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Posts Tagged ‘Severe’

Japan faces ‘more severe’ security situation: PM

In Uncategorized on October 24, 2010 at 11:59 am

TOKYO, Oct 24, 2010 (AFP) – Japan is facing growing security challenges due to China’s flexing of its military might and North Korea’s missile development programme and nuclear status, Prime Minister Naoto Kan said Sunday.

Kan’s comments come amid heightened tensions with China over disputed islands and growing military activities by the rapidly developing Asian giant and follow a report that North Korea may be preparing for a third nuclear test.

Troops of Japan Ground Self-Defense Force (GSDF) attend an inspection parade at the Asaka military base in suburban Tokyo on October 24, 2010. AFP

Ties between Tokyo and Beijing were badly strained after Japan arrested a Chinese trawler captain near the island chain in the East China Sea last month, sparking a barrage of protests from Beijing.

“The security situation surrounding Japan is becoming more severe, seen in concerns over North Korea’s missile and nuclear arms development and in China’s increasing naval activity along with its military modernisation,” Kan said at an inspection parade of troops in suburban Tokyo.

“The Self-Defence Forces need to be poised to deal with various situations effectively,” Kan said, using the official name of the Japanese troops.

Kan also stressed the importance of strengthening the decades-long alliance with the United States, saying: “I’d like to deepen the alliance into an appropriate form for the 21st century.”

The prime minister attended the parade for the first time as the premier of the government led by the centre-left Democratic Party of Japan, which ousted a conservative government last year.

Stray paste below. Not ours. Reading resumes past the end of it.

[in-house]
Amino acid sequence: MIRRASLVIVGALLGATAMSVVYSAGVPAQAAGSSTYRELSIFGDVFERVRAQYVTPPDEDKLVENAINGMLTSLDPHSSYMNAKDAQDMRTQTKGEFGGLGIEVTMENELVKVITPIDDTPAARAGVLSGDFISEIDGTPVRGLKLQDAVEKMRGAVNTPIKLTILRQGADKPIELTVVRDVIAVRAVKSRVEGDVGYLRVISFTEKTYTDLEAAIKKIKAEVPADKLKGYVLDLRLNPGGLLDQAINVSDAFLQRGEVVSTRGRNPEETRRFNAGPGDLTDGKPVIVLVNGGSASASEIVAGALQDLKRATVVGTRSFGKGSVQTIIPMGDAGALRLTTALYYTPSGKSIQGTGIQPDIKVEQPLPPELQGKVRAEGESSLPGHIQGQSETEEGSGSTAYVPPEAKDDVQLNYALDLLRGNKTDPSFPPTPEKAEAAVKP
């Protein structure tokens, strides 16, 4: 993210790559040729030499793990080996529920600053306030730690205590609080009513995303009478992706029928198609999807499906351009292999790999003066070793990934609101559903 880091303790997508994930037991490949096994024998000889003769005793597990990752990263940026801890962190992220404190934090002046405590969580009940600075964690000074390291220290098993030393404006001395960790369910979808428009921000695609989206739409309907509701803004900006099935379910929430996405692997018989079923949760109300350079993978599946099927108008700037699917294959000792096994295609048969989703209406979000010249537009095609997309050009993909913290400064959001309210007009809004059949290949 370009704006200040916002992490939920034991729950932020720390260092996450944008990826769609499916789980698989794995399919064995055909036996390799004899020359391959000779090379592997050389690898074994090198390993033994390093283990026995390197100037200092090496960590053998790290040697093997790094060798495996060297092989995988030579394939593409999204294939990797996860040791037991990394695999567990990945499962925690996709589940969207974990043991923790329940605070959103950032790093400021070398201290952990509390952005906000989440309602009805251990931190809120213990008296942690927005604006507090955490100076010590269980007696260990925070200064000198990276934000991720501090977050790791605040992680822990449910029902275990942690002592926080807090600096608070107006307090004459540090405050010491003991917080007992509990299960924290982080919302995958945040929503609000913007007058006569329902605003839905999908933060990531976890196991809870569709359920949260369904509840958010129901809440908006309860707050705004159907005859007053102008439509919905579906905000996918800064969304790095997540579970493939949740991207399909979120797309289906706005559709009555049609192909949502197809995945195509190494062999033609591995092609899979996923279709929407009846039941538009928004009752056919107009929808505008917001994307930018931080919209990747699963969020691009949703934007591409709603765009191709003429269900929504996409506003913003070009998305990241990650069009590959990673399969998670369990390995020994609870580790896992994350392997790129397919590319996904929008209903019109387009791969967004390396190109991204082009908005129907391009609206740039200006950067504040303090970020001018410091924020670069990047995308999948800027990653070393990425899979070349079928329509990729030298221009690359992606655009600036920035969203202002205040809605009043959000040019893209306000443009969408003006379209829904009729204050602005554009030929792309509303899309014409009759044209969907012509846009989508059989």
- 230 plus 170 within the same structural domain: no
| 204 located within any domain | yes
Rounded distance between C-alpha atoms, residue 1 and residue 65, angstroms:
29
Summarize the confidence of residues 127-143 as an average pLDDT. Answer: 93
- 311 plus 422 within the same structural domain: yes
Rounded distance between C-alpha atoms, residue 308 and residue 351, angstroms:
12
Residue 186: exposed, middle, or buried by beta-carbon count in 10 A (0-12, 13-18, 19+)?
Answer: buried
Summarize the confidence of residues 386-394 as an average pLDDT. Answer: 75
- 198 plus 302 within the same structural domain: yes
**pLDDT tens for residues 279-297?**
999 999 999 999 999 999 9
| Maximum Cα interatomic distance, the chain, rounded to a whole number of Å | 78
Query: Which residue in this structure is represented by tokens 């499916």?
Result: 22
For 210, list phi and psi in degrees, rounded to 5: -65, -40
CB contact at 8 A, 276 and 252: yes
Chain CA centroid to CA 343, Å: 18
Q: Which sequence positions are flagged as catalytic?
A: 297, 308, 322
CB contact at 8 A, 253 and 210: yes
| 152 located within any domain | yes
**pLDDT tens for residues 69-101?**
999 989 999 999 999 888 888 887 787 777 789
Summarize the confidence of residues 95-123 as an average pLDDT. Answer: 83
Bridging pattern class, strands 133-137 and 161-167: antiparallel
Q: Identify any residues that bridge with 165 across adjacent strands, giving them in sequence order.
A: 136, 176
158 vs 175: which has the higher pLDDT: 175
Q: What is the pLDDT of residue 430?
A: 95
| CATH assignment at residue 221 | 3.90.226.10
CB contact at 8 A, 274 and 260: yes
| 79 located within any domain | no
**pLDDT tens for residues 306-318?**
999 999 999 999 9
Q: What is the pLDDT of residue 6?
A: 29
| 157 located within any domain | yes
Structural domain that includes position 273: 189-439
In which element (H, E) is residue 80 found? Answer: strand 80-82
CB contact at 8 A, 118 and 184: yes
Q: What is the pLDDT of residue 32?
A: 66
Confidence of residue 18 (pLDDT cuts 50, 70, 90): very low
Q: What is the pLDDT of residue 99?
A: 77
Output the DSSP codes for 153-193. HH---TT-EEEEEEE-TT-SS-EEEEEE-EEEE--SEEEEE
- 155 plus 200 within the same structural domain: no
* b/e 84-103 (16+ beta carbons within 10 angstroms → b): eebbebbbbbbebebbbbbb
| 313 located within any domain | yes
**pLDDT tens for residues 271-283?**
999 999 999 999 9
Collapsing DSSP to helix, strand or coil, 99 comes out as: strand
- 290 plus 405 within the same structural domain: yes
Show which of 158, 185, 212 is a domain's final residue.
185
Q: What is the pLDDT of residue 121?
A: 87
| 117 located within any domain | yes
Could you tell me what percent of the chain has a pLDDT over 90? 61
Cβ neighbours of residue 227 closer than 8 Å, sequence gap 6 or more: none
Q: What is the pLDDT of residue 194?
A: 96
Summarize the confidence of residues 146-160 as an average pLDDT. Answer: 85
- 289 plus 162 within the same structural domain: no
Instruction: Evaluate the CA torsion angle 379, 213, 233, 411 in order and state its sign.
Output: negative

In the latest development in the bitter spat between China and Japan, Tokyo on Sunday urged Beijing to normalise rare earth exports that are crucial for high-tech Japan after shipments were blocked last month.

Japanese trade minister Trade Minister Akihiro Ohata said he had urged Chinese Vice Minister of Commerce Jiang Yaoping to “make improvements so that exports of rare earths will be carried out smoothly,” amid continued interruptions caused by strict inspections by Chinese customs officials.

The Chinese navy has increasingly been deployed to areas near Japanese territorial waters in a show of force by China.

In an incident in April this year, a large Chinese flotilla ventured near a group of Japanese islands in the East China Sea and sent out a helicopter that buzzed Japanese navy ships monitoring their movement.

The increased Chinese activity in its southern waters has sparked a defence rethink in which Japan plans to deploy more forces to its scattered southern islands and away from Cold War-era locations in the north near Russia.

Beijing’s increased assertiveness, particularly in the South China Sea, has caused jitters among other neighbouring nations as well as the United States, which is also at odds with China over trade and currency issues.